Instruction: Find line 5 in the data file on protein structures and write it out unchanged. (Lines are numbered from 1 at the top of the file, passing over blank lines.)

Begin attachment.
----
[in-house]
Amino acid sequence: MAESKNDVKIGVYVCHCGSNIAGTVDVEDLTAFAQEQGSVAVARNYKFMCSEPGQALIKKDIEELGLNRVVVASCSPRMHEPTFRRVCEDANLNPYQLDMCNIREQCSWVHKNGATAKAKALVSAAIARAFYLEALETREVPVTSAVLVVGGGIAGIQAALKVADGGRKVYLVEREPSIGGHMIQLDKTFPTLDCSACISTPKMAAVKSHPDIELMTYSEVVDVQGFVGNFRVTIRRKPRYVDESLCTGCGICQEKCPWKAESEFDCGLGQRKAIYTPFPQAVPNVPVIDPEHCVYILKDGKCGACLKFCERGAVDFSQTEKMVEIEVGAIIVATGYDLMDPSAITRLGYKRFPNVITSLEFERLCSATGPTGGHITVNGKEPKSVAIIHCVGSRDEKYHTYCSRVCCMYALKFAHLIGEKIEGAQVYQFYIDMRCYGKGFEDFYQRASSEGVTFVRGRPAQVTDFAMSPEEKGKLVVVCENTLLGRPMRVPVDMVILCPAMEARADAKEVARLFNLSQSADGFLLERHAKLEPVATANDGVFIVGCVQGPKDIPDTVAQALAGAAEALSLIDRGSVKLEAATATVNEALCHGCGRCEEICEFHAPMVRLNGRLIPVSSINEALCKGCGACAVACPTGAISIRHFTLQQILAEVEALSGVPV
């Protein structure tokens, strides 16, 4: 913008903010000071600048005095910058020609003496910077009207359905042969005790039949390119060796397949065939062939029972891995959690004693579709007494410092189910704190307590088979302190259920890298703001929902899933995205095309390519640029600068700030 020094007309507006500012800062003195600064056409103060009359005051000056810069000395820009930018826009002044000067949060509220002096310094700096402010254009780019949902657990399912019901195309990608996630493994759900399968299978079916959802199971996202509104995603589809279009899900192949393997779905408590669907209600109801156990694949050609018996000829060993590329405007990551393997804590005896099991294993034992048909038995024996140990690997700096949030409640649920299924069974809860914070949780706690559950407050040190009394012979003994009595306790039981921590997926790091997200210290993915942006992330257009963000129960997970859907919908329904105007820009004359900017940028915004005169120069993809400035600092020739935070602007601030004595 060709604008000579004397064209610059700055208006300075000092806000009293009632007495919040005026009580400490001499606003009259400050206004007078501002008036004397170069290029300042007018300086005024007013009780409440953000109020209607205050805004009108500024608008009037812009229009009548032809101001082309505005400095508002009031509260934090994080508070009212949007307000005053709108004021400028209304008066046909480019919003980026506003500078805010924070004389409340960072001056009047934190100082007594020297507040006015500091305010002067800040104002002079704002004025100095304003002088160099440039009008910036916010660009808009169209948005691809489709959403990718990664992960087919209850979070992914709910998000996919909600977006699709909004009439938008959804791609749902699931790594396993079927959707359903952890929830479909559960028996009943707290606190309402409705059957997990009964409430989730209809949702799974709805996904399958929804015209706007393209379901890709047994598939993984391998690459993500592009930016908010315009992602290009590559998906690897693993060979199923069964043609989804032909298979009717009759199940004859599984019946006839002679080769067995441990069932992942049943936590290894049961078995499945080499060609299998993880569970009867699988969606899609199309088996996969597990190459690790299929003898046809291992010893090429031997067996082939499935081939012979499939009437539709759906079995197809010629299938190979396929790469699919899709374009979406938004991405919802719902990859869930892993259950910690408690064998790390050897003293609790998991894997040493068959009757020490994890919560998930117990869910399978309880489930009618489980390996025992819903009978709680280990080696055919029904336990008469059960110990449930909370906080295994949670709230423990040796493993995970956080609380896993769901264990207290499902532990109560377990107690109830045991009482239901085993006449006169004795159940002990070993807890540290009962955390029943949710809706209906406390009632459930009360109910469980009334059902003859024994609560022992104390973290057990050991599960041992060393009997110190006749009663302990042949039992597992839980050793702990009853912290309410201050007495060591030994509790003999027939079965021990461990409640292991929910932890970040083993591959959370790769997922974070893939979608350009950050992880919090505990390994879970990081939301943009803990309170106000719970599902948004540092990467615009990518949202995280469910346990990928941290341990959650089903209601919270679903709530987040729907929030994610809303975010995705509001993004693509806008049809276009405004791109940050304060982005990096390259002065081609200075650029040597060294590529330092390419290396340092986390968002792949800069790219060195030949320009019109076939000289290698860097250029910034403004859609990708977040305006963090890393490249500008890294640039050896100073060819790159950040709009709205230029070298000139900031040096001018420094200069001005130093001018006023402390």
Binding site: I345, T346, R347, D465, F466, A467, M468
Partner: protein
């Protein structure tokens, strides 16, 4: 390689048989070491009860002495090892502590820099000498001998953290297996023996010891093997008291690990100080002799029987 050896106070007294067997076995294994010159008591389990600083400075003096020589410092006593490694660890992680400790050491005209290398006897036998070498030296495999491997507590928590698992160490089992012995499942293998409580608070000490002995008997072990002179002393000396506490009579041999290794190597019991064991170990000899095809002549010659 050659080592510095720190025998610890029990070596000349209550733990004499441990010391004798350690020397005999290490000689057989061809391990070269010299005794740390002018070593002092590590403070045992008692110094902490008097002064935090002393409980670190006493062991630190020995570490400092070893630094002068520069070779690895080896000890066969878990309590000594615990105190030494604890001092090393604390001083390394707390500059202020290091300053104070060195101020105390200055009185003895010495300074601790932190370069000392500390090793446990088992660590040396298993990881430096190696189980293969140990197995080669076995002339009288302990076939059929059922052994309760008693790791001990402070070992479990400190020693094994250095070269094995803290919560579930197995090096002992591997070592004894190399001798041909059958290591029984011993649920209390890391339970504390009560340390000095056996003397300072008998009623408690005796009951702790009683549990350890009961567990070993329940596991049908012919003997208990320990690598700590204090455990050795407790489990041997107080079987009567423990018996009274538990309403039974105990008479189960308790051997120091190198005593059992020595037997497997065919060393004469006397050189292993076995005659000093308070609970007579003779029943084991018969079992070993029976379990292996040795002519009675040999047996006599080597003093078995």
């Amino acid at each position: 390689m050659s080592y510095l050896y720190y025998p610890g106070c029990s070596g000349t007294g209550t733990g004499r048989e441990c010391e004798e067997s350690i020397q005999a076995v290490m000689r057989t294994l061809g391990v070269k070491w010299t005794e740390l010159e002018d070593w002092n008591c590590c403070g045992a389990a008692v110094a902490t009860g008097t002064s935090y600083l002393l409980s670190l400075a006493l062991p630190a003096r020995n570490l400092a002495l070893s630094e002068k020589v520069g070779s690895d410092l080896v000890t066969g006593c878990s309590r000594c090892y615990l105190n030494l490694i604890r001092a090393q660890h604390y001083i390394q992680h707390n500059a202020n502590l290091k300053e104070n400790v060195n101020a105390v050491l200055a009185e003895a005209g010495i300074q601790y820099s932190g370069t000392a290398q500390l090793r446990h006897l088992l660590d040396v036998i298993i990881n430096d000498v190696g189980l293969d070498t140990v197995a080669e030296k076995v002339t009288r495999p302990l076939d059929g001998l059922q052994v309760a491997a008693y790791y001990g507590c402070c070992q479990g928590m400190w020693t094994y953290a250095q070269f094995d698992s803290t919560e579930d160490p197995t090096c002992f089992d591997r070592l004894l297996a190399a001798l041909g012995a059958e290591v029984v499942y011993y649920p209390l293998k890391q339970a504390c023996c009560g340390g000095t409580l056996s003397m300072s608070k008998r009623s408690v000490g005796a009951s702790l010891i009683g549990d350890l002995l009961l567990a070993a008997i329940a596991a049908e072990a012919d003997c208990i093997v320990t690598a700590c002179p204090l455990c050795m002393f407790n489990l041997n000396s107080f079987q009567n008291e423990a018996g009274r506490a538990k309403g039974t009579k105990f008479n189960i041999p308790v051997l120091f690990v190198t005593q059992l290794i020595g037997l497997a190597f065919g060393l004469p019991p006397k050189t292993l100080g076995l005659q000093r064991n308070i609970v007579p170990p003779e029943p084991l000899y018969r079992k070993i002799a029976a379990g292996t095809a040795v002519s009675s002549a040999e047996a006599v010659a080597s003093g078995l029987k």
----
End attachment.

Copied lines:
Partner: protein